However in Ontario (especially) there is such a hue and cry over allowing firearms to be issued to those who need them that I almost wonder why I bother to tackle this issue at all?! If units like TTC Special Constables, Court Officers and GO Transit Special Constables and U of T police Special Constables arent able to equip their people with firearms what hope does private security have?! (NOTE: the only special Constables in Ontario to carry firearms are the Niagara Parks Police and they are legislated to do so. Im reasonably sure that some one from the POA, at some point, probably tried to go after their right to carry and were most likely stymied by the legislation.) There is a small vocal minority in Southern Ontario that firmly believes that guns are BAD. It never seems to occur to this group that the bad guys have more (way more) access to guns now than ever before and shootings in this country (especially here) are way up. If one takes a quick look at the assault rate (the murder rate will not give an accurate accounting as modern medical practices save ever more lives) one will quickly realize that its not going down and continues to grow at an alarming rate. Most of those assaults are committed with weapons (knives or guns) and, it seems, the willingness to use them with reckless abandon. (BTW modern law enforcement firmly believes that anyone holding a knife and is within 21 feet of a police officer can close the distance and stab that officer before he/she has the chance to draw and fire their service weapon.) And they are not going to go away either. The sooner that this small liberal vocal minority understands this, the better off (and safer) well all be. The TTC especially has a very real need for equipping their officers with firearms due to the amount of dangerous situations and people they face as an everyday part of their duties. (Note: The TTC Special Constables have been shut down and replaced with a lesser number of Toronto Police Officers again this is most likely a budget issue. The cops get more federal funding if they do the job themselves) Yet private security has been carrying side arms for many years now in the capacity of Cash in Transit and static protection of valuables. Although I understand that the police no longer permit the static protection of valuables, preferring instead to do it themselves (the going rate for a pay duty is something like $80.00 per hour for a minimum of 4 hours even if the officer is only there for 10 minutes) The job is becoming sufficiently dangerous that a provision should be made for a higher class of security officer to have the ability to carry firearms in both uniform and non-uniform capacity. Again the government needs to step in and mandate the training requirements for this class of officer to exist and under what circumstances they can be deployed to do their jobs. Of course the way things are now private security cant even carry pepper spray unless they happen to be working with canine and even then the spray is for the dog, not an offender.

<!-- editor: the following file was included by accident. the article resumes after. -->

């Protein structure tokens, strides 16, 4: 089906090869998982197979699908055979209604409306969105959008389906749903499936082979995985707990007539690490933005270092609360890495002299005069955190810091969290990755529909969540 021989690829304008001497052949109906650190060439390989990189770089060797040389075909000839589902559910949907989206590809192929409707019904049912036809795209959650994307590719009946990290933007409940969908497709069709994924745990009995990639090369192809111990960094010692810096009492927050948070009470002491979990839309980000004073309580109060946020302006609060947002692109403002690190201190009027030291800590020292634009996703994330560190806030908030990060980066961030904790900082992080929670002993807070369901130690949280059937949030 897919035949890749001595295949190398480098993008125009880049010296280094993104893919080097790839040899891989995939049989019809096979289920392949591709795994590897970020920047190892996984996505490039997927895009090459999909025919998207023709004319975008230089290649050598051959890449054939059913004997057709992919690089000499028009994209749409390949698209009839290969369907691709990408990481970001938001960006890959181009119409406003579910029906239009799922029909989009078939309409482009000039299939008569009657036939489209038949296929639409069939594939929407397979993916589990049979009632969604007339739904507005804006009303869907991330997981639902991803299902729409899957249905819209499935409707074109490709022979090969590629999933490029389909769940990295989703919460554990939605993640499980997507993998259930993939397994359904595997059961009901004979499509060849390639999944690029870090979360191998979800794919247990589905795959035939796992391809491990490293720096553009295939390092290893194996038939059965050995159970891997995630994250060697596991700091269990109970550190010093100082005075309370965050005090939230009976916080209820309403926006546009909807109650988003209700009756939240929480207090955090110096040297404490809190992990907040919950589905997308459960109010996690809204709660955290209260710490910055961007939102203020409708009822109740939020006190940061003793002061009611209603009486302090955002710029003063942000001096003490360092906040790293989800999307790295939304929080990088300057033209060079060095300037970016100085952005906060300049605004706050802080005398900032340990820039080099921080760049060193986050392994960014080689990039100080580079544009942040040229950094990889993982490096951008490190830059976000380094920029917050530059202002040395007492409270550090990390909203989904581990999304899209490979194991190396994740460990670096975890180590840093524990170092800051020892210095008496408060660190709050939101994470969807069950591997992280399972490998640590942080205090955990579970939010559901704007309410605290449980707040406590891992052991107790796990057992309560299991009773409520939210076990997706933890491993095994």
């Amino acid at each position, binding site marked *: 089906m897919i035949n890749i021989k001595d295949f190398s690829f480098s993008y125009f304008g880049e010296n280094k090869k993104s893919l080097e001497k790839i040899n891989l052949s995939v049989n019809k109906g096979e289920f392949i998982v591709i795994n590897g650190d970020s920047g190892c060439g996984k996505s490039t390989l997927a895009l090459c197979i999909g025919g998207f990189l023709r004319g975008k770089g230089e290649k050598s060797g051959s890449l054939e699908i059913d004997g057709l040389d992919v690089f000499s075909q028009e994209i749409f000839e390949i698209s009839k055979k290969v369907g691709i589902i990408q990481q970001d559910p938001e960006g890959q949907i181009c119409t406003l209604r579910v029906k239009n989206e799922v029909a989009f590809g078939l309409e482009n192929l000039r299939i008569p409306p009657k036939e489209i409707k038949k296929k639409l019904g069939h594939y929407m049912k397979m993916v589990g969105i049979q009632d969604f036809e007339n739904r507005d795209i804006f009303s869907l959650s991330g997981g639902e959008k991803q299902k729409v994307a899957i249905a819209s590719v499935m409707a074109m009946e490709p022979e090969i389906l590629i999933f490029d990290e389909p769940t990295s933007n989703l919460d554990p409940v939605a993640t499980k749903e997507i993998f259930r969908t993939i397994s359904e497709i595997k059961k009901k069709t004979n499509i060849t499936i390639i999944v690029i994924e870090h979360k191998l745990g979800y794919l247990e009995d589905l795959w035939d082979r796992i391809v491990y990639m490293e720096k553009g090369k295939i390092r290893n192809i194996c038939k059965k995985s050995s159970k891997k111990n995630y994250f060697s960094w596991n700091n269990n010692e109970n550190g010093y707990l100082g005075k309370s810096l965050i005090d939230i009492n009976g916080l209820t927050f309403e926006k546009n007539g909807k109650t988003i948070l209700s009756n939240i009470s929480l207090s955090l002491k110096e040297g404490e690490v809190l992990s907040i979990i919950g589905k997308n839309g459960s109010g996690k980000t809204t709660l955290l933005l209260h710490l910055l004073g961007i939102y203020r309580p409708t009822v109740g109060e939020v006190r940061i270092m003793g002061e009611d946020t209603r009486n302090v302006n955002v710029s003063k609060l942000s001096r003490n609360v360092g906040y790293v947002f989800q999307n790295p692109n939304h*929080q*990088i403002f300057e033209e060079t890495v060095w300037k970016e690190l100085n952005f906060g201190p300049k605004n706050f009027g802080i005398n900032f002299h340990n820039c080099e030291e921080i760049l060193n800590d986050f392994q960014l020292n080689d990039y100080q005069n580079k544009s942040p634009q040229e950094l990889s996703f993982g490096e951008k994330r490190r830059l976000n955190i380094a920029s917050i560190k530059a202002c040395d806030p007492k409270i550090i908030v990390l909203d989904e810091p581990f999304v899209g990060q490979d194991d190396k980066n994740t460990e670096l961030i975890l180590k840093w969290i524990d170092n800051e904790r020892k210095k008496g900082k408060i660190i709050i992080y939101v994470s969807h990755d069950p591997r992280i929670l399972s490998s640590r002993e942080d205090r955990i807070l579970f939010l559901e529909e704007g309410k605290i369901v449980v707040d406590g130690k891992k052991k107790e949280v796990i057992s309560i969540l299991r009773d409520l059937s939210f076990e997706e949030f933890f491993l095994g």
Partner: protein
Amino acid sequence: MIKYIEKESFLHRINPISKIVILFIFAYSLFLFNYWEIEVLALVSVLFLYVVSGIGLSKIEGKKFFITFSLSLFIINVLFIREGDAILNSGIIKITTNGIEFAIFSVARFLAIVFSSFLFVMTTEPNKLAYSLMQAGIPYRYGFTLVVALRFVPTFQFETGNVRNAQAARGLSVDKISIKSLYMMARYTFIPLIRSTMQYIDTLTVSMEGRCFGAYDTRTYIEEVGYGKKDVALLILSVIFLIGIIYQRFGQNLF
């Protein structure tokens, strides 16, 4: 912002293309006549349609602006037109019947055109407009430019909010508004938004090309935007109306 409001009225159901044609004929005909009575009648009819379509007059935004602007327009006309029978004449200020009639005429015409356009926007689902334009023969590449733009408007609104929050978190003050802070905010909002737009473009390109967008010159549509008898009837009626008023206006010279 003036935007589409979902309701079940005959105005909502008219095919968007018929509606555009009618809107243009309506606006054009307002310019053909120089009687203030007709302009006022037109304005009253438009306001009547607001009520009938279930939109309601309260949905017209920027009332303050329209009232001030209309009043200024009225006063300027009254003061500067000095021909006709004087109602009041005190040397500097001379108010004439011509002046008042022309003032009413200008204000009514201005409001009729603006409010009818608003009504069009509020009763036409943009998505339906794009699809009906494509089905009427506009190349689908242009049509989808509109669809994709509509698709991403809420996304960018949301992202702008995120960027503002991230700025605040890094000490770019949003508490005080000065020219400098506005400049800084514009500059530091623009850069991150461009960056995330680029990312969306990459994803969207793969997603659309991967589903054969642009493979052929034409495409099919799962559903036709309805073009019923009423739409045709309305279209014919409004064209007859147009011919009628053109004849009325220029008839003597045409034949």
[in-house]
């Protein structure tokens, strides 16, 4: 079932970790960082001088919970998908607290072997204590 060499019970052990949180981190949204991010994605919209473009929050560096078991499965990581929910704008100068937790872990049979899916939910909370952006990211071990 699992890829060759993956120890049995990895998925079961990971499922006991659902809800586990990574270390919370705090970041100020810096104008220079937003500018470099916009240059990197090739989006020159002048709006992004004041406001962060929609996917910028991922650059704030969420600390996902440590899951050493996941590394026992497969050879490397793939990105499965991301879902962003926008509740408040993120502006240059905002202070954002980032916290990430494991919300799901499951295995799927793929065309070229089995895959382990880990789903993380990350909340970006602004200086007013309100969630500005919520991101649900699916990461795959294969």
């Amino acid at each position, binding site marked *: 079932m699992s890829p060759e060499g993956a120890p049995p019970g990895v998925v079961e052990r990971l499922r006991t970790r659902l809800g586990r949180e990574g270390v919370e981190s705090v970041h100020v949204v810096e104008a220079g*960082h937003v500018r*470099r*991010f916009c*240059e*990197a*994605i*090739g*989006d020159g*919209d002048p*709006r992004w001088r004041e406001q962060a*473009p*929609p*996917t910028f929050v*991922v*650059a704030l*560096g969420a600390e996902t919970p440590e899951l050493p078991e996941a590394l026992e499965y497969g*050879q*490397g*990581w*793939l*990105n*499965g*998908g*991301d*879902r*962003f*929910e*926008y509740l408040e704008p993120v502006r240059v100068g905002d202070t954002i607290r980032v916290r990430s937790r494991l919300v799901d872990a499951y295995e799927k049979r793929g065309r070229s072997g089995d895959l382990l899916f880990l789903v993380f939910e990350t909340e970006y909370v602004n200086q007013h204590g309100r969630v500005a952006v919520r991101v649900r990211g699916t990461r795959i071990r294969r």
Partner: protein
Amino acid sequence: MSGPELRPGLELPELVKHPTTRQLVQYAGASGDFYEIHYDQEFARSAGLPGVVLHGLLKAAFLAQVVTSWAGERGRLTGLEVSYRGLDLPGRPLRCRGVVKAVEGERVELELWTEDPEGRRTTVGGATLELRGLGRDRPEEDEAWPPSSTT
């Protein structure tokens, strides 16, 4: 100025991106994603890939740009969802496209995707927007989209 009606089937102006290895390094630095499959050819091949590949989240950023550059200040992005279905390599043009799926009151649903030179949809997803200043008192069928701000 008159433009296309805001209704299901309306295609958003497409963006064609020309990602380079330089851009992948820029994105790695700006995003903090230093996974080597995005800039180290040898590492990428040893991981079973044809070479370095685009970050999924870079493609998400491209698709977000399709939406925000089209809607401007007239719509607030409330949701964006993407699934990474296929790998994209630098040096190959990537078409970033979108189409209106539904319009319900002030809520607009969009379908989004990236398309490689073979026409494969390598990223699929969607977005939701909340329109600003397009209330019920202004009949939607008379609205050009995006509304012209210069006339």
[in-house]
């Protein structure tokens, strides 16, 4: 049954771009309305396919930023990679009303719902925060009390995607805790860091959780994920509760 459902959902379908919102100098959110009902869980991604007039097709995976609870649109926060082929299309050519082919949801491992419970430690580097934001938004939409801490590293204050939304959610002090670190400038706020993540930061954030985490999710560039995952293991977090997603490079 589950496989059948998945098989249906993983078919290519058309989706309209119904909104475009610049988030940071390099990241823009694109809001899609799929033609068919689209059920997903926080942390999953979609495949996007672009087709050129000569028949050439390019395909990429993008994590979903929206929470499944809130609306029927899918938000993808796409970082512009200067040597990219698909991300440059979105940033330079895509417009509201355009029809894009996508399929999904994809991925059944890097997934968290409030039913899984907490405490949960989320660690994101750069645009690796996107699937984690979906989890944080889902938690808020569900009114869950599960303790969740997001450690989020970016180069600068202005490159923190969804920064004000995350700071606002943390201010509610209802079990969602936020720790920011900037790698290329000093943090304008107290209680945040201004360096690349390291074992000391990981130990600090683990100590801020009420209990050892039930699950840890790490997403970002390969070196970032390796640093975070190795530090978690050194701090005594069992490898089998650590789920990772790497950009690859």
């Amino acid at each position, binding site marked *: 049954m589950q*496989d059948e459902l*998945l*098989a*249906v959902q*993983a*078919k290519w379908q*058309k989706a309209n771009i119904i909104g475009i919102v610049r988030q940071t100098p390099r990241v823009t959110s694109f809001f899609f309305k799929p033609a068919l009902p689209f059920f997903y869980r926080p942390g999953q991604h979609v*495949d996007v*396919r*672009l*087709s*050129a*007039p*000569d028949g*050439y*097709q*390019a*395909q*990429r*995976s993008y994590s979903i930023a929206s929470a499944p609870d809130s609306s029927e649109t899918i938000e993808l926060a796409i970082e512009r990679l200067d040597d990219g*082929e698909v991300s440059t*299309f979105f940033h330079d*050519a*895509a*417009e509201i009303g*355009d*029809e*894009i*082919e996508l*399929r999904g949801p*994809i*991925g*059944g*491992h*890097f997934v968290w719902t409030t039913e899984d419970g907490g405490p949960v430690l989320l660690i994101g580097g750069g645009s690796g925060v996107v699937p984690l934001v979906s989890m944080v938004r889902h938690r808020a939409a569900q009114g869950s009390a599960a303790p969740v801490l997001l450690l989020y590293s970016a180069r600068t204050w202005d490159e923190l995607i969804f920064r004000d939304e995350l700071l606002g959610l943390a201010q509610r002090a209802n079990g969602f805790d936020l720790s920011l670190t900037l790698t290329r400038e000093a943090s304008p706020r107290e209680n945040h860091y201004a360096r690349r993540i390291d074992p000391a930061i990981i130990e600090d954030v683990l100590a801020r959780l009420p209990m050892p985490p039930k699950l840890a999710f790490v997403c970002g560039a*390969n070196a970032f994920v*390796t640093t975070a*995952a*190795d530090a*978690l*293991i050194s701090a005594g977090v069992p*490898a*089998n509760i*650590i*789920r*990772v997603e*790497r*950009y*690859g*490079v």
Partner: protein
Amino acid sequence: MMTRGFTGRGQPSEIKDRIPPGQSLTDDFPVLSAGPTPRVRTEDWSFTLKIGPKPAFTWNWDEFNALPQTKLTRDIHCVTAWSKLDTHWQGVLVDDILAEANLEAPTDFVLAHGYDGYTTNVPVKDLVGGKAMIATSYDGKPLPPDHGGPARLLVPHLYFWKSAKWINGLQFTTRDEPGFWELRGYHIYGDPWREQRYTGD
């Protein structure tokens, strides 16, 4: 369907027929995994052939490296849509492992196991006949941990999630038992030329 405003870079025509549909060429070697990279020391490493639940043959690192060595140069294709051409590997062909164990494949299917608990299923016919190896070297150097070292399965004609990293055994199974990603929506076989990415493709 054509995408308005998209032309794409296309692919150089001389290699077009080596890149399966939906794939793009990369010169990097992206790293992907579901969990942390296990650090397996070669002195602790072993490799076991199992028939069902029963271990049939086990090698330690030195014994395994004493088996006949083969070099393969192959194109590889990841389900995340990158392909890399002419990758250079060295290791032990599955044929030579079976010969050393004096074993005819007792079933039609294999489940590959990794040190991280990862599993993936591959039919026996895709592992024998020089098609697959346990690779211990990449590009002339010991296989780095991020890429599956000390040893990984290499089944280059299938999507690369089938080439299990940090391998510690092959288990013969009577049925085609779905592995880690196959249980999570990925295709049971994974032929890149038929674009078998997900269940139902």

The SECURITY PROTECTIVE ASSOCIATION The Federal Government needs to be the one to make the required changesbecause once it is law only then will the power rest not with the client, a group of people that have no idea what security means or how to implement it and continue to make executive level decisions based on inaccurate perception, incomplete knowledge of the job and, to my mind the most motivating factor, personal fear that they will somehow be held responsible for whatever the problem was to begin with. What should take its place is an investigative process that evaluates every situation dispassionately based, not on fear of job loss or repercussion for the client, but whether the officer in question followed procedure, used force according to the Provincial use of force model and did not step outside the bounds of what a security officer is supposed to be doing at that site at the time the incident occurred. This should be government mandated and controlledthe client, as such, should have no say beyond being interviewed by the Government Officer handling the investigation. If all of those steps are taken and the actions of officer in question is found to be within policy then the officer should not have any fear of his or her job being in jeopardy by the parent guard company or, more importantly, the client. Officers should be protected from a vindictive clients whim and fancy as much as possible. The way the situation is now is like the police attending a call and the general public having the ability to fire them on a whim if they dont like the outcome. It is both incredibly disheartening for the security officer and costly for the parent company who must then go to the expense of finding and then training a new individual to take over the post. Then the company must find new employment for an otherwise excellent officer who may have done nothing more than fall afoul of casual circumstances or a personality dispute with the client. (Which happens at sites far more than you might think and should never, ever be grounds for dismissal) As it is new employment will be found only if the officer has a union to protect him or her and/or if the officer is liked by the parent company management. The Security Protective Association would first and foremost protect the rights and reputation of private security officers who find themselves in a bind with the client or parent company. This association would be mandated at the provincial level and have the power to force an officer who has been cleared of wrong doing to return to work at his or her site regardless of the opinions of the client. The Association would also take the place of the fragmented unions that fight over who will represent whom and at what price charged back to the officers for their nebulous services.